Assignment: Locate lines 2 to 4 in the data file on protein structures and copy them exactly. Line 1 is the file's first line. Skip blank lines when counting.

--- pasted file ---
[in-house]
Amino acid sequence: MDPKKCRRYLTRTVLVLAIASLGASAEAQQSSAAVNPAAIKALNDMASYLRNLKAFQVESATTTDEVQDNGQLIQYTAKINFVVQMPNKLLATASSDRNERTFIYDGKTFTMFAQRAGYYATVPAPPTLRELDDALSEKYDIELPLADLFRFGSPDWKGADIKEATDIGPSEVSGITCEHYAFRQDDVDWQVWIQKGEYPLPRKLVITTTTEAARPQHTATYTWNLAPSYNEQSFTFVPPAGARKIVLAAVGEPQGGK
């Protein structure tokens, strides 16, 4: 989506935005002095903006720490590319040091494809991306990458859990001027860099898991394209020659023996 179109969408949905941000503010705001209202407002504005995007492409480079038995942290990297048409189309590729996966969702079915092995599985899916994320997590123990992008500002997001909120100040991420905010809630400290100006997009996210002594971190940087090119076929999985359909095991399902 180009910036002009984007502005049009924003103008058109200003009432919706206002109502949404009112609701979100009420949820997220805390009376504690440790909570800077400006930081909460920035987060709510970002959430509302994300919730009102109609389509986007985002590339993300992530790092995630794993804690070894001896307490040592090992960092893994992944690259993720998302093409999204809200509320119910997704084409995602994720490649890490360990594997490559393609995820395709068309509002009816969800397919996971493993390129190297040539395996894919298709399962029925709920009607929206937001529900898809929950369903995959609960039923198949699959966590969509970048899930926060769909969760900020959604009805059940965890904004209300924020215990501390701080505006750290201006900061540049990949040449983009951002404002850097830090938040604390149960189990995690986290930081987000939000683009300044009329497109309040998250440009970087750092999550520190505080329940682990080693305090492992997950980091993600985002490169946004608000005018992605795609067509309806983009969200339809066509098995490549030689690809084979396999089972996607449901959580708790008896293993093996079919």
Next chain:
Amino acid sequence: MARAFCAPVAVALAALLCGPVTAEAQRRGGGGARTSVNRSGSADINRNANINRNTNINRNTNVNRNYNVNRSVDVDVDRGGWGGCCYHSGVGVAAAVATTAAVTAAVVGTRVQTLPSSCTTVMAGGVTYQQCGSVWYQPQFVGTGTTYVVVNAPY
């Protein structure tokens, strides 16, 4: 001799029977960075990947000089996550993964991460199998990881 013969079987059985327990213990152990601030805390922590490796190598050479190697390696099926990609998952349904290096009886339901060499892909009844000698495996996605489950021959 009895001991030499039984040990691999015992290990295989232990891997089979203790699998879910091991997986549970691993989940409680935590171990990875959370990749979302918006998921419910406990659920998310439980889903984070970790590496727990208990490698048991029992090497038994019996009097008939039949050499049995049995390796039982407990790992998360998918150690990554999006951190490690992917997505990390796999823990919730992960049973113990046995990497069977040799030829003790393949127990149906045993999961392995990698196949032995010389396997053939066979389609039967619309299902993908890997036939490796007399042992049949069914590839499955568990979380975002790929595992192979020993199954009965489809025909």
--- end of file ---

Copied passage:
Amino acid sequence: MDPKKCRRYLTRTVLVLAIASLGASAEAQQSSAAVNPAAIKALNDMASYLRNLKAFQVESATTTDEVQDNGQLIQYTAKINFVVQMPNKLLATASSDRNERTFIYDGKTFTMFAQRAGYYATVPAPPTLRELDDALSEKYDIELPLADLFRFGSPDWKGADIKEATDIGPSEVSGITCEHYAFRQDDVDWQVWIQKGEYPLPRKLVITTTTEAARPQHTATYTWNLAPSYNEQSFTFVPPAGARKIVLAAVGEPQGGK
């Protein structure tokens, strides 16, 4: 989506935005002095903006720490590319040091494809991306990458859990001027860099898991394209020659023996 179109969408949905941000503010705001209202407002504005995007492409480079038995942290990297048409189309590729996966969702079915092995599985899916994320997590123990992008500002997001909120100040991420905010809630400290100006997009996210002594971190940087090119076929999985359909095991399902 180009910036002009984007502005049009924003103008058109200003009432919706206002109502949404009112609701979100009420949820997220805390009376504690440790909570800077400006930081909460920035987060709510970002959430509302994300919730009102109609389509986007985002590339993300992530790092995630794993804690070894001896307490040592090992960092893994992944690259993720998302093409999204809200509320119910997704084409995602994720490649890490360990594997490559393609995820395709068309509002009816969800397919996971493993390129190297040539395996894919298709399962029925709920009607929206937001529900898809929950369903995959609960039923198949699959966590969509970048899930926060769909969760900020959604009805059940965890904004209300924020215990501390701080505006750290201006900061540049990949040449983009951002404002850097830090938040604390149960189990995690986290930081987000939000683009300044009329497109309040998250440009970087750092999550520190505080329940682990080693305090492992997950980091993600985002490169946004608000005018992605795609067509309806983009969200339809066509098995490549030689690809084979396999089972996607449901959580708790008896293993093996079919």
Next chain: